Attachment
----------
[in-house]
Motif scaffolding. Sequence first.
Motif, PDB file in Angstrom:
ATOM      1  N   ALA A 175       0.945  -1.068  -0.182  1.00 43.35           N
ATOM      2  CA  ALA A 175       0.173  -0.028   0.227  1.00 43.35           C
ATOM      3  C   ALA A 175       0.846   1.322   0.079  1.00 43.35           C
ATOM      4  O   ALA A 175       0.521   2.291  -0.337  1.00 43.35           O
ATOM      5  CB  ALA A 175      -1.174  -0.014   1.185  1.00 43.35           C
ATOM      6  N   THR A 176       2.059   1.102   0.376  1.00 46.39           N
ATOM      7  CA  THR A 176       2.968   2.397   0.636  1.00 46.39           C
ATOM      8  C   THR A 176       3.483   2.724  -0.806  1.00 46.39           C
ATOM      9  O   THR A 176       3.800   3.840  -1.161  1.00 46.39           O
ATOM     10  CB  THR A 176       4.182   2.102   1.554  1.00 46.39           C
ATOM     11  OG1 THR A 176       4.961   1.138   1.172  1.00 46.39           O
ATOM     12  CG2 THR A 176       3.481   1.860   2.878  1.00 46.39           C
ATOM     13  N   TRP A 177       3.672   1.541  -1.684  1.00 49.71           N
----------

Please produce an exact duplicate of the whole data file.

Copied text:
[in-house]
Motif scaffolding. Sequence first.
Motif, PDB file in Angstrom:
ATOM      1  N   ALA A 175       0.945  -1.068  -0.182  1.00 43.35           N
ATOM      2  CA  ALA A 175       0.173  -0.028   0.227  1.00 43.35           C
ATOM      3  C   ALA A 175       0.846   1.322   0.079  1.00 43.35           C
ATOM      4  O   ALA A 175       0.521   2.291  -0.337  1.00 43.35           O
ATOM      5  CB  ALA A 175      -1.174  -0.014   1.185  1.00 43.35           C
ATOM      6  N   THR A 176       2.059   1.102   0.376  1.00 46.39           N
ATOM      7  CA  THR A 176       2.968   2.397   0.636  1.00 46.39           C
ATOM      8  C   THR A 176       3.483   2.724  -0.806  1.00 46.39           C
ATOM      9  O   THR A 176       3.800   3.840  -1.161  1.00 46.39           O
ATOM     10  CB  THR A 176       4.182   2.102   1.554  1.00 46.39           C
ATOM     11  OG1 THR A 176       4.961   1.138   1.172  1.00 46.39           O
ATOM     12  CG2 THR A 176       3.481   1.860   2.878  1.00 46.39           C
ATOM     13  N   TRP A 177       3.672   1.541  -1.684  1.00 49.71           N